“Stop it, stop it, stop it.”
Barker doesn’t know who he was talking to.
Anna Carol says she will go to lunch with him, and it’s bigger than four touchdowns against Lavaca the night before. He types up the text three times before he hits send and flicks the phone into the corner of the couch, too scared to see her response.
When he does check, it says, “Sure.”
Just that. “Sure.”
Beau pulls on his favorite black and red War Eagles sweater.
“Sure,” he says, grinning at himself in the mirror.
He brushes his teeth.
He tells his momma where he’s going, and she smiles, too. He kisses her on the top of the head.
“Love you, momma,” he says. She squeezes him tight around the torso. He gets his shoes from the front step, slides into them.
He takes her to Big Boy Burgers cause it’s where he always goes. The old men in the corner get excited when he walks in the door. They’re drinking soda and chomping on big greasy burgers and talking about the night before, 46-0 against Lavaca, and on their homecoming, too.
When he and Anna Carol sit, they stand and circle his table. Beau knew this would happen. It happens every time he comes here. It happens no matter where he goes. A small town like this changes during football season. Everywhere in town, every trip in Walmart—it’s a tiny pep-rally, with Beau at the center. He smiles at her.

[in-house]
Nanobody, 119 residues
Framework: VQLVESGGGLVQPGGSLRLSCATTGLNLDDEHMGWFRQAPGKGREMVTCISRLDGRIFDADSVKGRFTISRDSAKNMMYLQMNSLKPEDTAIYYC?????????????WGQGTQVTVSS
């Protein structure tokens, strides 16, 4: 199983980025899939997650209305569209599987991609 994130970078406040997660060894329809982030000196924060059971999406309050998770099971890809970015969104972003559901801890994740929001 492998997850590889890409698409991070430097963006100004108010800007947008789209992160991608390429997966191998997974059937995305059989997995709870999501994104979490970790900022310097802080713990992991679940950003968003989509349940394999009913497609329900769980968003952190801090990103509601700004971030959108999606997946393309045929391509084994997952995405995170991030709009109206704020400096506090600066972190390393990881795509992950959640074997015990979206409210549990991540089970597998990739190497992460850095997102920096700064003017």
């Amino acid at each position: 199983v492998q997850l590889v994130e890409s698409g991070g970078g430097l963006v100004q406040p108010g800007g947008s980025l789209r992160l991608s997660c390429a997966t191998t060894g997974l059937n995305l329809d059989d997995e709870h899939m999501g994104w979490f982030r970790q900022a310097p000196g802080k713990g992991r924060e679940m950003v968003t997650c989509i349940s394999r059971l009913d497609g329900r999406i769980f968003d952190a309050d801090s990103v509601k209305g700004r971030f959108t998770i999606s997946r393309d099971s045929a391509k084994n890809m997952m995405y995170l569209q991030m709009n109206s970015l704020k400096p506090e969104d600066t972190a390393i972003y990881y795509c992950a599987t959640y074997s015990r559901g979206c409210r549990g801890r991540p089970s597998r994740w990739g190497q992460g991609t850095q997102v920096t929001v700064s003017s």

“Who’s this pretty lady? This your lady? Shore is a pretty thing.”
They all but pinch her.
“Just a friend,” he says.
They share a glance, like they know something. One of them puts his styrofoam cup down on the table, puts both meaty hands down in front of them. He leans down, right in their face, and winks.
“Quite a show you put on Lavaca.”
“Quite a show you put on Dover.”
“You put a show on everybody so far.”
“We gonna win state?”
“You got any offers? Where you going after high school?”
“Naw, just talkin.”
“Missouri, Arkansas, some D-2 schools. Some NAIA schools. Just talkin.”
A murmur goes through the old men. Beau looks at Anna Carol, and she turns bright red. She cups one hand over her brow so they can’t make eye contact.